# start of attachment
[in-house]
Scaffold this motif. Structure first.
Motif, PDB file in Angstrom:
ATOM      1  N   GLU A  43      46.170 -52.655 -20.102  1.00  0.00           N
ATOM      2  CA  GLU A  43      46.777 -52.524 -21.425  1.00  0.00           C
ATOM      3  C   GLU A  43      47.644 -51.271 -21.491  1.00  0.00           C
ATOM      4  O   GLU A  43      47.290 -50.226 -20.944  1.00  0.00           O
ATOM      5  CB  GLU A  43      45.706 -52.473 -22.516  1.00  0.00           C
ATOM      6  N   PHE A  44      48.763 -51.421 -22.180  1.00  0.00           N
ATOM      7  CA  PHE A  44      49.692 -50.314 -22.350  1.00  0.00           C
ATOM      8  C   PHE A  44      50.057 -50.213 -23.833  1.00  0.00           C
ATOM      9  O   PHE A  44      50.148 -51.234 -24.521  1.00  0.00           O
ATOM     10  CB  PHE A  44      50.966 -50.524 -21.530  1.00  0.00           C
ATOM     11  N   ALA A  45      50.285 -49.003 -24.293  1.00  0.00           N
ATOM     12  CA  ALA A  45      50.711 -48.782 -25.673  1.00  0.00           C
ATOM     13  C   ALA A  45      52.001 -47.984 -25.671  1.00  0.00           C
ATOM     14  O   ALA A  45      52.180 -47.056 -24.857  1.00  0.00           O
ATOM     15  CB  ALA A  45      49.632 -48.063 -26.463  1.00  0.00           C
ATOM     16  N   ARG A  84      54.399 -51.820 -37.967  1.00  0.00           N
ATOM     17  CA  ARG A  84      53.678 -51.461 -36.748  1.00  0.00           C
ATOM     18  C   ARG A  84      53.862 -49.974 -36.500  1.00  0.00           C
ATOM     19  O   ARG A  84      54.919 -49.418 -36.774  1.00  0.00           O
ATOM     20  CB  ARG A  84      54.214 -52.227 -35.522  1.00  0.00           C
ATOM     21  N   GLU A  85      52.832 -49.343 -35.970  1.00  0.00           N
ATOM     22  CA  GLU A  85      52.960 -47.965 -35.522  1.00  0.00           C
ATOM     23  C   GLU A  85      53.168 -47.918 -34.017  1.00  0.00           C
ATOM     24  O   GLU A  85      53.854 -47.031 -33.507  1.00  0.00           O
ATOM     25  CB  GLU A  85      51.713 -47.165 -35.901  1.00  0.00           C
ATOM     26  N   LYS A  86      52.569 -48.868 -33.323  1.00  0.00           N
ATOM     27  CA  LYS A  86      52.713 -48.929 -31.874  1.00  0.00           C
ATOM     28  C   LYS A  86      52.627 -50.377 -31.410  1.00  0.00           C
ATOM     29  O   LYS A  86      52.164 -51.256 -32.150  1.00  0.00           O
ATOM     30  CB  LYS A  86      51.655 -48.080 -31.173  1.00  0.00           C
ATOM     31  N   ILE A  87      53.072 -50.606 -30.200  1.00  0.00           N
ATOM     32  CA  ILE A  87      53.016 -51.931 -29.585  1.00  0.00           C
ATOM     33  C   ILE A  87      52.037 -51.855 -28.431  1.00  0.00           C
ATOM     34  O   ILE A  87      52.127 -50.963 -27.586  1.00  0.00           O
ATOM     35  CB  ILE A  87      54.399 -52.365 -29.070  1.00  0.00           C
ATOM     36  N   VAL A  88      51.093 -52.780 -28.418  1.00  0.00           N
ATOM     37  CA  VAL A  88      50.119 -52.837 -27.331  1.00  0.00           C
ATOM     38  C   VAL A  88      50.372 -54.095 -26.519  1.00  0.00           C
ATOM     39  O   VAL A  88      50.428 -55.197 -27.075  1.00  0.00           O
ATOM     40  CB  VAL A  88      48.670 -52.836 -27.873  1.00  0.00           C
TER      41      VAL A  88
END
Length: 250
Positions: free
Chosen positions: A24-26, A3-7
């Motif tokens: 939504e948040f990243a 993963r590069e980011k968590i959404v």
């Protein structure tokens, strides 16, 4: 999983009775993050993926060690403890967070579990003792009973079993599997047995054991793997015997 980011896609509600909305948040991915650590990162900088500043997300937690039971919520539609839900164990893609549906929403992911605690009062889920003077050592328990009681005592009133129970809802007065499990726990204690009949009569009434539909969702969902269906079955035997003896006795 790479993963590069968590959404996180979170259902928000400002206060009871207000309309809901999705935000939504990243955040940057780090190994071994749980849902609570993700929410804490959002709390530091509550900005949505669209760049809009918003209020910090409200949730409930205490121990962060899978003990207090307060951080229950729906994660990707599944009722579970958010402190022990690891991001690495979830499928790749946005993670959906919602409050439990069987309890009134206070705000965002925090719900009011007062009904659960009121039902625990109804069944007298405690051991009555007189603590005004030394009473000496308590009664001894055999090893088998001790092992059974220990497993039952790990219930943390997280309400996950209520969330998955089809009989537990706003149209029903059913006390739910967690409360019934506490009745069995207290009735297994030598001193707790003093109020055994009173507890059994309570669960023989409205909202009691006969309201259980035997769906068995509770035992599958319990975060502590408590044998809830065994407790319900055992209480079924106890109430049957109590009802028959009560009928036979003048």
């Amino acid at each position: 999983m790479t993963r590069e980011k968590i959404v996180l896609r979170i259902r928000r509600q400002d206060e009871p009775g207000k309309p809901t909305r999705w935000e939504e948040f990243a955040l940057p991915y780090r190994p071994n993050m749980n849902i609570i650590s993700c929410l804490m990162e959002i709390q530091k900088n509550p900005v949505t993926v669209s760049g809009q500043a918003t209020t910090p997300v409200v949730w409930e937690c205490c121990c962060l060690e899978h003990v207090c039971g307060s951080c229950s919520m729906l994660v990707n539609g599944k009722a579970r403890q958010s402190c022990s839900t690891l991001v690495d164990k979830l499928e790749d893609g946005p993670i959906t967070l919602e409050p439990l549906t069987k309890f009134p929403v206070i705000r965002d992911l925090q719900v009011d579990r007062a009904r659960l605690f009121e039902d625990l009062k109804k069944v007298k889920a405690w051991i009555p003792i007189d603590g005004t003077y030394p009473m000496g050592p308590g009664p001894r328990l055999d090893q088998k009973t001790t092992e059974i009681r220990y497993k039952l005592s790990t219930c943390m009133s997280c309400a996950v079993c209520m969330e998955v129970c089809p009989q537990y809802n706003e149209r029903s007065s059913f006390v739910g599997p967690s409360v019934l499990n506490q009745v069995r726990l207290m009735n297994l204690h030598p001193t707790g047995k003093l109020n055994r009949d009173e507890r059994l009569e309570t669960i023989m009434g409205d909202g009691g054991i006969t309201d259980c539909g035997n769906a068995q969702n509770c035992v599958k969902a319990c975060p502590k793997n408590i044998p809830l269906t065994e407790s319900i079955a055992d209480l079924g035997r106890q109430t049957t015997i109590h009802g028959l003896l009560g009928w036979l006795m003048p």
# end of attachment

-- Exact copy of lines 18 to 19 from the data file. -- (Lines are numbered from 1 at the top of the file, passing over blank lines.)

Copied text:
ATOM     15  CB  ALA A  45      49.632 -48.063 -26.463  1.00  0.00           C
ATOM     16  N   ARG A  84      54.399 -51.820 -37.967  1.00  0.00           N